First DCA Rejects Argument Distinguishing Service from FilingThe First DCA recently rejected an appeal where the claimant argued that service of a Petition for Benefits on an EC compelled the employer/carrier to act, even though the PFB was not filed with DOAH until much later. Elms v. Castle Construction, (Fla. 1st DCA, Oct. 10, 2014). This author tried the case before Judge Sojourner of Lakeland and represented the EC before the First DCA.
In this case, the claimant served a PFB on the EC, asking for provision of certain medical benefits. The claimant did not file the PFB with DOAH, however, until several months later. The EC provided the benefits timely with respect to the date upon which the PFB was filed with DOAH. The claimant argued that the EC owed him an attorney’s fee because the claimed benefits were not provided within 30 days after the PFB was served on the EC.
The claimant argued that service of the PFB was the operative event, and that the date when the PFB was filed with DOAH was irrelevant. The claimant pointed to inconsistent language in the statute regarding service and filing. The EC argued that the statute was last modified prior to electronic filing, and that there was no Legislative intent to draw a distinction between service of a PFB and filing of a PFB.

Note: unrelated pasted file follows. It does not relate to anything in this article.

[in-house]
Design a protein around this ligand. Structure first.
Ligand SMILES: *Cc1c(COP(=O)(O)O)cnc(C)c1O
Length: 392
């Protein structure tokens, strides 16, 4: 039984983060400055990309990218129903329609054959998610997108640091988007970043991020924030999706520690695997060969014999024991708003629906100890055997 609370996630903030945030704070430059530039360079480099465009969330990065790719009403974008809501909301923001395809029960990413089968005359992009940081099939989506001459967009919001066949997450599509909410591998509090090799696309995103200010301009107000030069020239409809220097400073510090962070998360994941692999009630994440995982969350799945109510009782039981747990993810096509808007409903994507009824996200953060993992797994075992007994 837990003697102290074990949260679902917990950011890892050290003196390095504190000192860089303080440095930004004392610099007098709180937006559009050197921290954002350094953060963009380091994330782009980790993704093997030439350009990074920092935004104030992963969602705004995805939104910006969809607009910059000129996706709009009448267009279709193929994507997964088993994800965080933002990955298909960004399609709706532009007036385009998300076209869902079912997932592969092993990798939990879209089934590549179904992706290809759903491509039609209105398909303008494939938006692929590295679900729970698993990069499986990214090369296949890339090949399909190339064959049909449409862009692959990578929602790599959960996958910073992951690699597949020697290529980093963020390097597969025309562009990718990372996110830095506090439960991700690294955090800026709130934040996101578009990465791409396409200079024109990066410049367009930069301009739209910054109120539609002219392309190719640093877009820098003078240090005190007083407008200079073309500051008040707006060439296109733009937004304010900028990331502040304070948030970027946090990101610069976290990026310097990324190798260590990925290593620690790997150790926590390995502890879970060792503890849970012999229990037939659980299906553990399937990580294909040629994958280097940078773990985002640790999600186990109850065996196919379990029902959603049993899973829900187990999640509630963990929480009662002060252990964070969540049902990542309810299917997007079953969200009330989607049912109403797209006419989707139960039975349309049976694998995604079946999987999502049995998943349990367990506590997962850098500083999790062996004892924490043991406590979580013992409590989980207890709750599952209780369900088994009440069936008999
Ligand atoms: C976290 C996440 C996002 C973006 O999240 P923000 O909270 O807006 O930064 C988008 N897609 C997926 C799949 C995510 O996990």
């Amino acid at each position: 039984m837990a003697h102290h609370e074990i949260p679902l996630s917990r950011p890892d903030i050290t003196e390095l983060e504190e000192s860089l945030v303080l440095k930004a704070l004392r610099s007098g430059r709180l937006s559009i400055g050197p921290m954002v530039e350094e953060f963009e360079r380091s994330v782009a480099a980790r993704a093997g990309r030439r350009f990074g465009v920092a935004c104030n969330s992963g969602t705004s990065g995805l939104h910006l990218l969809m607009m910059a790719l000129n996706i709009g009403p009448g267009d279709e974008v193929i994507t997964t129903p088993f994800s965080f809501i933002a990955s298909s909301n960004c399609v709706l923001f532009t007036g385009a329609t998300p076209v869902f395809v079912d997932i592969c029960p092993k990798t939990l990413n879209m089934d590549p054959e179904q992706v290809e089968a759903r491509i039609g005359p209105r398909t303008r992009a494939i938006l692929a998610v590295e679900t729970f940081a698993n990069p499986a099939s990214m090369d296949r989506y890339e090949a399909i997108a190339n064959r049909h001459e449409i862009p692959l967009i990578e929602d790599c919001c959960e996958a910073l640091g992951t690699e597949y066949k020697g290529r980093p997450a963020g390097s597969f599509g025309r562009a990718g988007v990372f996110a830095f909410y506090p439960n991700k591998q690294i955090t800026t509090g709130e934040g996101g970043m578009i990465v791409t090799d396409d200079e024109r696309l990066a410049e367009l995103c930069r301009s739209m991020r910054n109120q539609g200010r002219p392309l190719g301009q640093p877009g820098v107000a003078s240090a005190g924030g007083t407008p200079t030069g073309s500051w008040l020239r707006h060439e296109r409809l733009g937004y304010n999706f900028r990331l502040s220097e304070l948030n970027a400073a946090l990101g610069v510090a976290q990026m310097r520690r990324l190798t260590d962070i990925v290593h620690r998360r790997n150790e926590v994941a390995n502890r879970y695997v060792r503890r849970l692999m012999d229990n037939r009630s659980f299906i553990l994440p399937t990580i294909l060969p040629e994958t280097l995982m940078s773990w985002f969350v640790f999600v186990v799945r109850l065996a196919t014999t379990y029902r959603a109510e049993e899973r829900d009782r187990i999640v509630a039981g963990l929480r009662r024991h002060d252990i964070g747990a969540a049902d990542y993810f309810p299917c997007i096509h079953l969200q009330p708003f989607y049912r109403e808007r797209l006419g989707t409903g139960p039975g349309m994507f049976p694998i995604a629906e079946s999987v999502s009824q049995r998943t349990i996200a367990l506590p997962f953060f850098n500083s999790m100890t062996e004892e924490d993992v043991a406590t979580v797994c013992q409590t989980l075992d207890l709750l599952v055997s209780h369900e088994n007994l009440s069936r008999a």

Fortunately, the First DCA agreed with the EC. Although the First DCA did not write an opinion, it affirmed the JCC’s conclusion that the EC was not obliged to act until the PFB was filed with DOAH. The JCC’s Order, coupled with the First DCA’s Per Curiam Affirmance, can create a compelling argument that a JCC should not accord any legal significance to the date upon which a PFB is served, but should consider only the date upon which the PFB is filed with DOAH.
Approximately one year ago, we warned about the “stealth” PFB that was served but not filed. There have been certain Judges who have awarded fees based on the date of service, irrespective of the date of filing. While a written opinion on this case would have been helpful to clarify the issue, this affirmance of Judge Sojourner’s Order clearly implies that the First DCA is not inclined to entertain the argument that a PFB which is served but not filed compels the EC to act.
This is one of the many ways in which the claimants’ bar is attacking the current version of the fee statute. There are several important cases currently pending before the Florida Supreme Court which could re-introduce hourly attorney’s fees payable by the employer/carrier. These opinions could have a major impact on the current status of the workers’ compensation system. Oral argument in one of the most important cases is scheduled for November 5, 2014.